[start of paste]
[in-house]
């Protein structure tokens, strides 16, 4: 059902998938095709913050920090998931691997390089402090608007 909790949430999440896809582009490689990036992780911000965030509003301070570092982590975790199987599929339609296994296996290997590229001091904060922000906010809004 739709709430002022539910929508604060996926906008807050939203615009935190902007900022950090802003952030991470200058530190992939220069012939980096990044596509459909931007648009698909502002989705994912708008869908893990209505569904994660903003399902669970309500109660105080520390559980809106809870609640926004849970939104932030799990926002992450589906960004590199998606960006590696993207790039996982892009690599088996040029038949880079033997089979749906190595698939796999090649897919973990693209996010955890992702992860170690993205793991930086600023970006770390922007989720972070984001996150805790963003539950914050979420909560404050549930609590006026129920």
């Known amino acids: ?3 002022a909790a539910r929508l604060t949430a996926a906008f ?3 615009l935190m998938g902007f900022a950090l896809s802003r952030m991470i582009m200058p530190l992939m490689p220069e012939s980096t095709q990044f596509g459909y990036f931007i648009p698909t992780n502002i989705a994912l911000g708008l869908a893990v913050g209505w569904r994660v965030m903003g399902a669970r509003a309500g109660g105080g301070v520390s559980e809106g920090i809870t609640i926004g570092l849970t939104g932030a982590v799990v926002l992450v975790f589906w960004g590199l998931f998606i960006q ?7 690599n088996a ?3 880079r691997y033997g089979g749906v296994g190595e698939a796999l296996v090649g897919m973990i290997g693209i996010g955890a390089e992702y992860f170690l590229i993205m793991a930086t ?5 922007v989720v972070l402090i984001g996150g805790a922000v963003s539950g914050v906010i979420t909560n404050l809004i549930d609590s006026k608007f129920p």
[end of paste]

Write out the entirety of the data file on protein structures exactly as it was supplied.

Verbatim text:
[in-house]
């Protein structure tokens, strides 16, 4: 059902998938095709913050920090998931691997390089402090608007 909790949430999440896809582009490689990036992780911000965030509003301070570092982590975790199987599929339609296994296996290997590229001091904060922000906010809004 739709709430002022539910929508604060996926906008807050939203615009935190902007900022950090802003952030991470200058530190992939220069012939980096990044596509459909931007648009698909502002989705994912708008869908893990209505569904994660903003399902669970309500109660105080520390559980809106809870609640926004849970939104932030799990926002992450589906960004590199998606960006590696993207790039996982892009690599088996040029038949880079033997089979749906190595698939796999090649897919973990693209996010955890992702992860170690993205793991930086600023970006770390922007989720972070984001996150805790963003539950914050979420909560404050549930609590006026129920």
């Known amino acids: ?3 002022a909790a539910r929508l604060t949430a996926a906008f ?3 615009l935190m998938g902007f900022a950090l896809s802003r952030m991470i582009m200058p530190l992939m490689p220069e012939s980096t095709q990044f596509g459909y990036f931007i648009p698909t992780n502002i989705a994912l911000g708008l869908a893990v913050g209505w569904r994660v965030m903003g399902a669970r509003a309500g109660g105080g301070v520390s559980e809106g920090i809870t609640i926004g570092l849970t939104g932030a982590v799990v926002l992450v975790f589906w960004g590199l998931f998606i960006q ?7 690599n088996a ?3 880079r691997y033997g089979g749906v296994g190595e698939a796999l296996v090649g897919m973990i290997g693209i996010g955890a390089e992702y992860f170690l590229i993205m793991a930086t ?5 922007v989720v972070l402090i984001g996150g805790a922000v963003s539950g914050v906010i979420t909560n404050l809004i549930d609590s006026k608007f129920p």